The turmoil in Indian equities last week has put a cloud on public share sales lined up for this year.
Regulatory approvals for as many as 19 initial public offerings (IPOs), valid for a year, expire in the next two months. Most of these IPOs may not be able to hit the market within the given timeframe, said a senior banker familiar with matter. Together, these firms aim to raise anywhere between Rs 23,000-24,000 crore.
Companies have the option of letting the regulatory approval lapse or withdraw their IPO and refile. Gemini Edibles & Fats India withdrew its Rs 2,500-crore IPO recently, said people in the know. Stitched Textiles and SSBA Innovations withdrew their offer documents in August, regulatory filings show.
“Markets are still volatile. A few launches would happen but a deluge of IPOs is unlikely,” said Pranav Haldea, managing director, PRIME Database. “We have seen this in the past as well. If market conditions are not good, companies are happy to let the approval lapse.”
The benchmark BSE Sensex slid 1.6% last week.
Experts suggest that there is a large pool of private capital available today and public markets are not the only source of funds.
“As we have seen lately, withdrawal of draft offers may happen for some issuers who may have imminent funding requirement or would want to pursue a strategic investment route instead,” said Ravi Dubey, partner, IndusLaw.
API Holdings, owner of India’s largest online pharmacy PharmEasy, for instance, withdrew its IPO last month, citing market conditions and strategic considerations. The company said it plans to raise funds via a rights issue.
“Investors have put in stronger filters in terms of business models, management quality and profitability while selecting companies. That’s why we are not seeing the kind of rush that we saw last year,” said a senior banker, on condition of anonymity.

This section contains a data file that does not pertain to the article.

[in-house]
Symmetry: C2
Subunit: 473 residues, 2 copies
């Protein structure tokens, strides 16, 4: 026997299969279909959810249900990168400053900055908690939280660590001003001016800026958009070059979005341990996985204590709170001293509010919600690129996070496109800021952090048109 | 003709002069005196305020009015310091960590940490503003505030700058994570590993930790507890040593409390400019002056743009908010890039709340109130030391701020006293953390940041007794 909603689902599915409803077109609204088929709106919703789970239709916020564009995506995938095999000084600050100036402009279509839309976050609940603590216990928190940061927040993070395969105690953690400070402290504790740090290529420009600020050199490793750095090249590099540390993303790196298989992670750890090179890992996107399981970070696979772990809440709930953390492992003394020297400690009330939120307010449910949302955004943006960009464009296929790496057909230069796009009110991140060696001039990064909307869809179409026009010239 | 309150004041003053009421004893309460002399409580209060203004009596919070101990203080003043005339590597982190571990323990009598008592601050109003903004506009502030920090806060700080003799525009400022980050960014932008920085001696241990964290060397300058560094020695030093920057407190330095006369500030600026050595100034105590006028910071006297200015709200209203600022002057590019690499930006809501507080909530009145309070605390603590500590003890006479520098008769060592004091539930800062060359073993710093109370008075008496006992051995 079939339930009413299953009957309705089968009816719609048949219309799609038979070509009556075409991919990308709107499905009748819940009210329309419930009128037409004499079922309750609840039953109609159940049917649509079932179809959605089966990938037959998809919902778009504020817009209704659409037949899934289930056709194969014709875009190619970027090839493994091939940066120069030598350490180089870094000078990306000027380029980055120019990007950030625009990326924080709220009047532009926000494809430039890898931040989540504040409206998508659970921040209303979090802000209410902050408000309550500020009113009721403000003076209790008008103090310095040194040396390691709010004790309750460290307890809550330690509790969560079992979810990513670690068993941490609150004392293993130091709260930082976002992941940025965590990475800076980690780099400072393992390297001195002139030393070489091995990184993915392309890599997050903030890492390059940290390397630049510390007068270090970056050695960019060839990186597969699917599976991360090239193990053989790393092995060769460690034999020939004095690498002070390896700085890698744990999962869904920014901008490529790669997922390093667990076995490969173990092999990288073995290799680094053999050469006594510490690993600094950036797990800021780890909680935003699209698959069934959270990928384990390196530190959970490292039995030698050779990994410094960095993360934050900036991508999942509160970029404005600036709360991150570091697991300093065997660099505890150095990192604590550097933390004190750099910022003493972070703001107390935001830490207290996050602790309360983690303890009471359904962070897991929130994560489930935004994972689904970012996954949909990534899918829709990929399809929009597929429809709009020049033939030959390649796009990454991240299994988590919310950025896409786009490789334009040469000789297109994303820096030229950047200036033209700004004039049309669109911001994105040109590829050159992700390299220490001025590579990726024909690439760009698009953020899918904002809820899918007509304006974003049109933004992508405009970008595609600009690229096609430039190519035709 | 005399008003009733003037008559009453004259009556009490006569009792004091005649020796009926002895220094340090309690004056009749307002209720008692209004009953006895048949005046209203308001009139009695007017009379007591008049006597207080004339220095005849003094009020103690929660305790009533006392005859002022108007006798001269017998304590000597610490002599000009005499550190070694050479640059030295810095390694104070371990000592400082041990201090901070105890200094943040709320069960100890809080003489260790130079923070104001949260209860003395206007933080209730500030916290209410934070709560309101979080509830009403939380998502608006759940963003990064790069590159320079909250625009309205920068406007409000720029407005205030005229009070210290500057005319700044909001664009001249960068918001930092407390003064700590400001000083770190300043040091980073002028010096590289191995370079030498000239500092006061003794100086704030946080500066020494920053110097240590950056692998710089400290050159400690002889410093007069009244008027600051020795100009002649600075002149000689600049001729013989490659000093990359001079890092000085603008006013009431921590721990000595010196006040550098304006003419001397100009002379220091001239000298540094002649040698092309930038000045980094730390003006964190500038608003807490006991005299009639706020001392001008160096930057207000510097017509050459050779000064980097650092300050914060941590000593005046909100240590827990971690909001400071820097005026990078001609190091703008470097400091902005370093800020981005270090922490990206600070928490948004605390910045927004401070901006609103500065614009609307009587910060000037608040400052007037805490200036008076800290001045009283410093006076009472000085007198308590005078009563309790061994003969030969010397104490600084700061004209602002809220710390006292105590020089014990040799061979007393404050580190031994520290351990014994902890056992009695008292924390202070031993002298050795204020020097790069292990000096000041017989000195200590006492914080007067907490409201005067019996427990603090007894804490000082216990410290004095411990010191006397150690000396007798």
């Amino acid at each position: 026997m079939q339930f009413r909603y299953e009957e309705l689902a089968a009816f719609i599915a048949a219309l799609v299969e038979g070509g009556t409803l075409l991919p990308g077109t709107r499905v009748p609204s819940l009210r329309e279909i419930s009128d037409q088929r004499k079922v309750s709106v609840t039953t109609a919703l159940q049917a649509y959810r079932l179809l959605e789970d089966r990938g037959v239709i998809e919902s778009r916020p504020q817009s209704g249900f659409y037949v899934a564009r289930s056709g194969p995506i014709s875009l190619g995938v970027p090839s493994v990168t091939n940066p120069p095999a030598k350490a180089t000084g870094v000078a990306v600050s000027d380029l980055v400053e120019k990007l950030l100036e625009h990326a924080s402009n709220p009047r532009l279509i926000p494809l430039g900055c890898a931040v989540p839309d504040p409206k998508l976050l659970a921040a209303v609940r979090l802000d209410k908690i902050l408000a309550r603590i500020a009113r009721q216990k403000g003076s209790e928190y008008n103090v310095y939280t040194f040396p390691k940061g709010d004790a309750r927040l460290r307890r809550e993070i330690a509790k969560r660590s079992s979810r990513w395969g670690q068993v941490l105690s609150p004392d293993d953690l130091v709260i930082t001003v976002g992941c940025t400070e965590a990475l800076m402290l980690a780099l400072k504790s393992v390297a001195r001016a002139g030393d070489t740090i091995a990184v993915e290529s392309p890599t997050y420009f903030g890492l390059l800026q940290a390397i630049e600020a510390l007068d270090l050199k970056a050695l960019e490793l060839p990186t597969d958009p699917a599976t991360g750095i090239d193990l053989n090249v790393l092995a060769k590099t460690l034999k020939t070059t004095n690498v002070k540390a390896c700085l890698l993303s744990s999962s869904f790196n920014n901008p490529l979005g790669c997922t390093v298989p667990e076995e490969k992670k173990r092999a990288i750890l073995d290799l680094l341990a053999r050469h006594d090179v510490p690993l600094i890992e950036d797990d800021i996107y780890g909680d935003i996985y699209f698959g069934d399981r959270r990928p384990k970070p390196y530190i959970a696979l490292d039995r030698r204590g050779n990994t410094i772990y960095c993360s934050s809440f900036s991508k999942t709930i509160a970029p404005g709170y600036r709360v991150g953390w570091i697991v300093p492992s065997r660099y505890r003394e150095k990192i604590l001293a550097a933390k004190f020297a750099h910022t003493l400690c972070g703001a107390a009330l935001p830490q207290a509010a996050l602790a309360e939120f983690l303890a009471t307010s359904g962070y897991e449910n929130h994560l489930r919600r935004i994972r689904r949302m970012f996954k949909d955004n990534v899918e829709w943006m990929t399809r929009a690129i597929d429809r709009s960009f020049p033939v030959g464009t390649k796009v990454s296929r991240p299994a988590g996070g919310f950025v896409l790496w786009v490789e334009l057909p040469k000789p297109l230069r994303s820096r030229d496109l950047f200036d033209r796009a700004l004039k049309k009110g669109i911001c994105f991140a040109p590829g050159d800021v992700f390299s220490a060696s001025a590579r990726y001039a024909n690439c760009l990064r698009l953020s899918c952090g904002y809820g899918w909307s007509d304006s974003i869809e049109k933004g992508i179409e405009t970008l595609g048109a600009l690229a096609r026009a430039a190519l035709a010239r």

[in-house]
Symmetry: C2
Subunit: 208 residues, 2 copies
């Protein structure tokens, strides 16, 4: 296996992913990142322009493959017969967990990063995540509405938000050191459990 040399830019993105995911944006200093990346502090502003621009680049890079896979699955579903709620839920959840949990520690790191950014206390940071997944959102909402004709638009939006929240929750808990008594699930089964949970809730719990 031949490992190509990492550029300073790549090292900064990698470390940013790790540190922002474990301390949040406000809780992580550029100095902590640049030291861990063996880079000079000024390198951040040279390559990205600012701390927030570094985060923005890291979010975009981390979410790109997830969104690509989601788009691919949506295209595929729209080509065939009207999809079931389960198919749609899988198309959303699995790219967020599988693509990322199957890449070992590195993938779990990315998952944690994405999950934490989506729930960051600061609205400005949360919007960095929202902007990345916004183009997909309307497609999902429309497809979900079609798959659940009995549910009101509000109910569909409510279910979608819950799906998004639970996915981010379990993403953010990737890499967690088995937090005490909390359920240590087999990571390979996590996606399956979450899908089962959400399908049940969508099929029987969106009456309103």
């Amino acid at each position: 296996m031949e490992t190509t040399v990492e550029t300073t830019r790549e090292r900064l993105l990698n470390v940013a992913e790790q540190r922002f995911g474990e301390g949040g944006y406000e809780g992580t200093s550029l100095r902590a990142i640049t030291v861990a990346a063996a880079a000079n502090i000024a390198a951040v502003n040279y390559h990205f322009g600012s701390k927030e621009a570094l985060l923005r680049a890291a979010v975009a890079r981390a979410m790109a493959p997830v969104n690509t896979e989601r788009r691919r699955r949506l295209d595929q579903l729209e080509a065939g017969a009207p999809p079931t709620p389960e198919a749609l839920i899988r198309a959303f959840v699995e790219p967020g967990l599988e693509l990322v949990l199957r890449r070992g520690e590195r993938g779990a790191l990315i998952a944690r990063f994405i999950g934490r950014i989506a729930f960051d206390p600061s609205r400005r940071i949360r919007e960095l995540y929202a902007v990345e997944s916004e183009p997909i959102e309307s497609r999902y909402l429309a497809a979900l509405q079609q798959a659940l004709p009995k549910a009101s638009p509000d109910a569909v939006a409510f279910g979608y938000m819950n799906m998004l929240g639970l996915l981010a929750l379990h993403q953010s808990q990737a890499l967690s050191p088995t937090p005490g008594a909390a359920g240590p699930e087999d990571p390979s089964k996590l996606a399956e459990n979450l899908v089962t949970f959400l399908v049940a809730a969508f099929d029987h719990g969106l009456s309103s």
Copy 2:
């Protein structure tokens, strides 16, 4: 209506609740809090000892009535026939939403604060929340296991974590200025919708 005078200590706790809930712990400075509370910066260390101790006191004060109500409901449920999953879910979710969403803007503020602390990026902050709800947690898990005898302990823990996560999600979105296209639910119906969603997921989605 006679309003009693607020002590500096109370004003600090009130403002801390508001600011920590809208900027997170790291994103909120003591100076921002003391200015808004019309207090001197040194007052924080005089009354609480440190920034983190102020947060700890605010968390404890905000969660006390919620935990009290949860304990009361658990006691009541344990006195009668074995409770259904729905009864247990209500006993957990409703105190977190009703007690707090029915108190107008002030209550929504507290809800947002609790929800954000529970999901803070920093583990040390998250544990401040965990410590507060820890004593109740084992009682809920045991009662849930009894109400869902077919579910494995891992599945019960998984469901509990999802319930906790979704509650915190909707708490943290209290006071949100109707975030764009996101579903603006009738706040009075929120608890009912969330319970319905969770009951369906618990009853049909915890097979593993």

This also rules out the possibility of new-age firms tapping the market any time soon. “It will be tough for loss-making companies to launch in these conditions, unless they become profitable or demonstrate a defined path to profitability,” said a second banker.
To be sure, the success of Dreamfolks Services and Harsha Engineer this month has buoyed sentiment somewhat. The sub-thousand crore issues were oversubscribed 57x and 74x, respectively.
“A fair number of mid-size issuers with strong fundamentals are receiving positive feedback during roadshows and investors are nudging them for a launch,” said a lawyer.
But the markets are still waiting for an opportune time to launch thousand-crore-plus issues. One of the reasons for the lacklustre response for big-ticket trades, according to the lawyer, is the mismatch in valuation expectations between promoters and investors.
Several larger companies had done their roadshows between May and July, and got a weak response from investors as the markets were in considerable turmoil. Investors were not receptive, particularly to sectors such as BFSI back then. Some of the companies in this space are trying to hit the market again amid an uptick in sentiment but the going may be difficult, said bankers.
Last week, Ujjivan Small Finance Bank raised Rs 475 crore through a qualified institutional placement. In August, AU Small Finance Bank raised around Rs 2,000 crore from qualified institutional investors.
“We have started receiving inquiries for mid-size IPOs in varied sectors, including financial services, manufacturing and healthcare,” said Dubey. However, the heightened regulatory scrutiny may impact the timelines in receiving final approval and it is advisable for IPO candidates to factor this in for their listing plans, he added.
Sixty seven companies with issuances worth nearly Rs 1 trillion have the regulatory approval. Another 46 companies that could potentially raise Rs 67,000 crore are awaiting regulatory nod.